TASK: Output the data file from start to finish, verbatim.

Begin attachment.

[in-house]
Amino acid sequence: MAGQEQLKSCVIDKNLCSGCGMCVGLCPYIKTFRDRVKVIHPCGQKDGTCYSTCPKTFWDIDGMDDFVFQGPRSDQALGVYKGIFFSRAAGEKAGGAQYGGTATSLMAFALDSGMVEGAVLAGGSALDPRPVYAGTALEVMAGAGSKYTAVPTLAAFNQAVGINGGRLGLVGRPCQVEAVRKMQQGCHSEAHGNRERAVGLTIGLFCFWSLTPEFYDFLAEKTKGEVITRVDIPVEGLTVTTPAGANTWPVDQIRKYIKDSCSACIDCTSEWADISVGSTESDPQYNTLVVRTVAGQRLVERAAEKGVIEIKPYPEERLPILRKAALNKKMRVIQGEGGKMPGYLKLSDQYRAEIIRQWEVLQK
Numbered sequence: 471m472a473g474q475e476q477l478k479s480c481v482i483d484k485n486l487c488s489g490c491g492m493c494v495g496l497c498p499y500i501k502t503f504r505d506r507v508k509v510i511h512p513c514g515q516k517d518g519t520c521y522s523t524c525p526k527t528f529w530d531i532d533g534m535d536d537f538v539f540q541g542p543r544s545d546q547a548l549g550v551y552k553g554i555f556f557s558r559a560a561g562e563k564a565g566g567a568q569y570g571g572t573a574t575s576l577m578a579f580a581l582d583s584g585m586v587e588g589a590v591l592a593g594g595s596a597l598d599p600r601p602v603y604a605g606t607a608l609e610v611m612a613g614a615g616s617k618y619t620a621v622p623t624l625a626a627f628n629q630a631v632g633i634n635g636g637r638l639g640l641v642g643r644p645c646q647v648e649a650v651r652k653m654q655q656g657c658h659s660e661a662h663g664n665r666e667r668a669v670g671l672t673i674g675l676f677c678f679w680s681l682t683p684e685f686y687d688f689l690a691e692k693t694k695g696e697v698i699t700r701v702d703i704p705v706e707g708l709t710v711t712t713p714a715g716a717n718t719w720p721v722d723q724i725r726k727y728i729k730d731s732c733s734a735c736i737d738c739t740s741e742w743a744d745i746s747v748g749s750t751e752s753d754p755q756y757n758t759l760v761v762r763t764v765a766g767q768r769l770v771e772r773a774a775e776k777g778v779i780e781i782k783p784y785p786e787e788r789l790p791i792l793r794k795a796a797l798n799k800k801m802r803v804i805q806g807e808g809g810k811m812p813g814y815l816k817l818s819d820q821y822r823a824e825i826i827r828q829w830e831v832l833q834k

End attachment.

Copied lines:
[in-house]
Amino acid sequence: MAGQEQLKSCVIDKNLCSGCGMCVGLCPYIKTFRDRVKVIHPCGQKDGTCYSTCPKTFWDIDGMDDFVFQGPRSDQALGVYKGIFFSRAAGEKAGGAQYGGTATSLMAFALDSGMVEGAVLAGGSALDPRPVYAGTALEVMAGAGSKYTAVPTLAAFNQAVGINGGRLGLVGRPCQVEAVRKMQQGCHSEAHGNRERAVGLTIGLFCFWSLTPEFYDFLAEKTKGEVITRVDIPVEGLTVTTPAGANTWPVDQIRKYIKDSCSACIDCTSEWADISVGSTESDPQYNTLVVRTVAGQRLVERAAEKGVIEIKPYPEERLPILRKAALNKKMRVIQGEGGKMPGYLKLSDQYRAEIIRQWEVLQK
Numbered sequence: 471m472a473g474q475e476q477l478k479s480c481v482i483d484k485n486l487c488s489g490c491g492m493c494v495g496l497c498p499y500i501k502t503f504r505d506r507v508k509v510i511h512p513c514g515q516k517d518g519t520c521y522s523t524c525p526k527t528f529w530d531i532d533g534m535d536d537f538v539f540q541g542p543r544s545d546q547a548l549g550v551y552k553g554i555f556f557s558r559a560a561g562e563k564a565g566g567a568q569y570g571g572t573a574t575s576l577m578a579f580a581l582d583s584g585m586v587e588g589a590v591l592a593g594g595s596a597l598d599p600r601p602v603y604a605g606t607a608l609e610v611m612a613g614a615g616s617k618y619t620a621v622p623t624l625a626a627f628n629q630a631v632g633i634n635g636g637r638l639g640l641v642g643r644p645c646q647v648e649a650v651r652k653m654q655q656g657c658h659s660e661a662h663g664n665r666e667r668a669v670g671l672t673i674g675l676f677c678f679w680s681l682t683p684e685f686y687d688f689l690a691e692k693t694k695g696e697v698i699t700r701v702d703i704p705v706e707g708l709t710v711t712t713p714a715g716a717n718t719w720p721v722d723q724i725r726k727y728i729k730d731s732c733s734a735c736i737d738c739t740s741e742w743a744d745i746s747v748g749s750t751e752s753d754p755q756y757n758t759l760v761v762r763t764v765a766g767q768r769l770v771e772r773a774a775e776k777g778v779i780e781i782k783p784y785p786e787e788r789l790p791i792l793r794k795a796a797l798n799k800k801m802r803v804i805q806g807e808g809g810k811m812p813g814y815l816k817l818s819d820q821y822r823a824e825i826i827r828q829w830e831v832l833q834k